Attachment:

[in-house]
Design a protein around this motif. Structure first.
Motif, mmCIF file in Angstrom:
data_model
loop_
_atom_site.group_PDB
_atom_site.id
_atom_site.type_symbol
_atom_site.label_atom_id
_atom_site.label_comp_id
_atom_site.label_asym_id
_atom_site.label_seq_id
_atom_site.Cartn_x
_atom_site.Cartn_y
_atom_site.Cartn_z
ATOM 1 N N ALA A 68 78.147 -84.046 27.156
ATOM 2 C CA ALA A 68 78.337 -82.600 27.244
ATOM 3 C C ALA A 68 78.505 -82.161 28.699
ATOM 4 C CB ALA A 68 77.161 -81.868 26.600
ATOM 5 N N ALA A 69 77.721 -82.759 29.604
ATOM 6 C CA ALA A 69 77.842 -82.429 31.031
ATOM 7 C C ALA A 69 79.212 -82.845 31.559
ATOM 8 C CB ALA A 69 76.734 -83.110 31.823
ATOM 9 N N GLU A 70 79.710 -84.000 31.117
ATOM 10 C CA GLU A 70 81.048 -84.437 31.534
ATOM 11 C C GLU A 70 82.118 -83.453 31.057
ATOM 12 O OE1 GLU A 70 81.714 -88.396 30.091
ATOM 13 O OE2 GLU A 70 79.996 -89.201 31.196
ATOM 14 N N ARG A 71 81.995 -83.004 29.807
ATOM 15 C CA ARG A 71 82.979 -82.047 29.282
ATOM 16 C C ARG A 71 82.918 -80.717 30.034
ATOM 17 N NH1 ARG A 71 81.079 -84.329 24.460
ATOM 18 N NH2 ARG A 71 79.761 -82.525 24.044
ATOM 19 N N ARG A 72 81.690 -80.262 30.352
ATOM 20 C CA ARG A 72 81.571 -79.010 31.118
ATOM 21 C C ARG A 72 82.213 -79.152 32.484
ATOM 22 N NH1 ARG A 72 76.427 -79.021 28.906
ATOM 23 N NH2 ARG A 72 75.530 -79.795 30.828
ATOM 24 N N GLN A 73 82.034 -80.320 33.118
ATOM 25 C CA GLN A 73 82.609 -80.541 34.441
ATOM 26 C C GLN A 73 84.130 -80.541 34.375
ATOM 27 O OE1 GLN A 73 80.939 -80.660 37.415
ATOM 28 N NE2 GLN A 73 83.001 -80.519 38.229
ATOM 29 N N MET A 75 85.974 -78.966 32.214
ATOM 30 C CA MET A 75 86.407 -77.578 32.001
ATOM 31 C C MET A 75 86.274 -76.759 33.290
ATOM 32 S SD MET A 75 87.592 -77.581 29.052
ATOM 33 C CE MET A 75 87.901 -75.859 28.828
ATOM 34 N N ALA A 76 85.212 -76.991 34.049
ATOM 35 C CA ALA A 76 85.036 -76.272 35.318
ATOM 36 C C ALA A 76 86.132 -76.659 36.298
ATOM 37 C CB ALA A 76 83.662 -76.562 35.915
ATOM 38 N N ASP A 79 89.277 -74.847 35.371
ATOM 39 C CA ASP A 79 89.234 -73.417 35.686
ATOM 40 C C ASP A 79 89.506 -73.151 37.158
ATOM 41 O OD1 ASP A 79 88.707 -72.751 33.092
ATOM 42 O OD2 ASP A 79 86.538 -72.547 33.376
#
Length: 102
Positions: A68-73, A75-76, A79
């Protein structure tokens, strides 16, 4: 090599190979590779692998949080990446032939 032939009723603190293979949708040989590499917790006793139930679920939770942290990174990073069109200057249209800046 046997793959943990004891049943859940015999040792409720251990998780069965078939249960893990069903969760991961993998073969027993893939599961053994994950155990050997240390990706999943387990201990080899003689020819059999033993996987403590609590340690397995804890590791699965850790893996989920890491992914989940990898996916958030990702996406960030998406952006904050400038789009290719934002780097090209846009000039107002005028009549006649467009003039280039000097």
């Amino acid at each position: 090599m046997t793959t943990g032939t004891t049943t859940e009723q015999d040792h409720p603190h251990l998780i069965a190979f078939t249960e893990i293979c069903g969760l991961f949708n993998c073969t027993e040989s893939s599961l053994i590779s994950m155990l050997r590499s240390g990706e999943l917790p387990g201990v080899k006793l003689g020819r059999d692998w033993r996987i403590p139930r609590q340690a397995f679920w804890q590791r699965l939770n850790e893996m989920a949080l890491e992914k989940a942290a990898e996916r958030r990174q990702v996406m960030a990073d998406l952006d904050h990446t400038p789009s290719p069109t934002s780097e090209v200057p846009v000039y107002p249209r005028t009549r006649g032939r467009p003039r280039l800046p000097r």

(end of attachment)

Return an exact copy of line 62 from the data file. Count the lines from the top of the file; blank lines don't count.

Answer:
């Amino acid at each position: 090599m046997t793959t943990g032939t004891t049943t859940e009723q015999d040792h409720p603190h251990l998780i069965a190979f078939t249960e893990i293979c069903g969760l991961f949708n993998c073969t027993e040989s893939s599961l053994i590779s994950m155990l050997r590499s240390g990706e999943l917790p387990g201990v080899k006793l003689g020819r059999d692998w033993r996987i403590p139930r609590q340690a397995f679920w804890q590791r699965l939770n850790e893996m989920a949080l890491e992914k989940a942290a990898e996916r958030r990174q990702v996406m960030a990073d998406l952006d904050h990446t400038p789009s290719p069109t934002s780097e090209v200057p846009v000039y107002p249209r005028t009549r006649g032939r467009p003039r280039l800046p000097r």